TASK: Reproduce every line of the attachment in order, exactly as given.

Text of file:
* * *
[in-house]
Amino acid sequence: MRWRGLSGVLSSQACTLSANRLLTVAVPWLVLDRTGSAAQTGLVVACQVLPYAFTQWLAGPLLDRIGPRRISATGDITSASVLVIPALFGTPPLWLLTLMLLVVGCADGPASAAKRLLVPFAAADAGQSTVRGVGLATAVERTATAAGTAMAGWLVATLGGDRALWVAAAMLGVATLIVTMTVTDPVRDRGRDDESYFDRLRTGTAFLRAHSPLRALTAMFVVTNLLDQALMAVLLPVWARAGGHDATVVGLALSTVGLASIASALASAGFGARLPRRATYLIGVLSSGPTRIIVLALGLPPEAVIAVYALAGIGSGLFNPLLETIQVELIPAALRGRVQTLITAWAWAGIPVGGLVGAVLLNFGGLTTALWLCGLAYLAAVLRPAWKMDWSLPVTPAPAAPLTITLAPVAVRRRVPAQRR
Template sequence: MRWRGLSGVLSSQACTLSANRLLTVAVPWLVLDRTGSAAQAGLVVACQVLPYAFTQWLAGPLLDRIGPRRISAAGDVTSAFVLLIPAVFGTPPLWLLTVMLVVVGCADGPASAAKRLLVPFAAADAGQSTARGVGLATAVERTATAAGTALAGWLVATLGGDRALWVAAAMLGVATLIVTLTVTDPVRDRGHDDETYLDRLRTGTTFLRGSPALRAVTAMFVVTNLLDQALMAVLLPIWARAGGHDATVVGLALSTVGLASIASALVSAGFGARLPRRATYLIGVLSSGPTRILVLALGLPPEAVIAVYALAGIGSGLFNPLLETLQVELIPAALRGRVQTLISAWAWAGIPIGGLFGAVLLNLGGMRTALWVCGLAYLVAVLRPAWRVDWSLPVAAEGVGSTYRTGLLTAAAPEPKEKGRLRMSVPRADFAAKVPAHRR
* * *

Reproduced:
[in-house]
Amino acid sequence: MRWRGLSGVLSSQACTLSANRLLTVAVPWLVLDRTGSAAQTGLVVACQVLPYAFTQWLAGPLLDRIGPRRISATGDITSASVLVIPALFGTPPLWLLTLMLLVVGCADGPASAAKRLLVPFAAADAGQSTVRGVGLATAVERTATAAGTAMAGWLVATLGGDRALWVAAAMLGVATLIVTMTVTDPVRDRGRDDESYFDRLRTGTAFLRAHSPLRALTAMFVVTNLLDQALMAVLLPVWARAGGHDATVVGLALSTVGLASIASALASAGFGARLPRRATYLIGVLSSGPTRIIVLALGLPPEAVIAVYALAGIGSGLFNPLLETIQVELIPAALRGRVQTLITAWAWAGIPVGGLVGAVLLNFGGLTTALWLCGLAYLAAVLRPAWKMDWSLPVTPAPAAPLTITLAPVAVRRRVPAQRR
Template sequence: MRWRGLSGVLSSQACTLSANRLLTVAVPWLVLDRTGSAAQAGLVVACQVLPYAFTQWLAGPLLDRIGPRRISAAGDVTSAFVLLIPAVFGTPPLWLLTVMLVVVGCADGPASAAKRLLVPFAAADAGQSTARGVGLATAVERTATAAGTALAGWLVATLGGDRALWVAAAMLGVATLIVTLTVTDPVRDRGHDDETYLDRLRTGTTFLRGSPALRAVTAMFVVTNLLDQALMAVLLPIWARAGGHDATVVGLALSTVGLASIASALVSAGFGARLPRRATYLIGVLSSGPTRILVLALGLPPEAVIAVYALAGIGSGLFNPLLETLQVELIPAALRGRVQTLISAWAWAGIPIGGLFGAVLLNLGGMRTALWVCGLAYLVAVLRPAWRVDWSLPVAAEGVGSTYRTGLLTAAAPEPKEKGRLRMSVPRADFAAKVPAHRR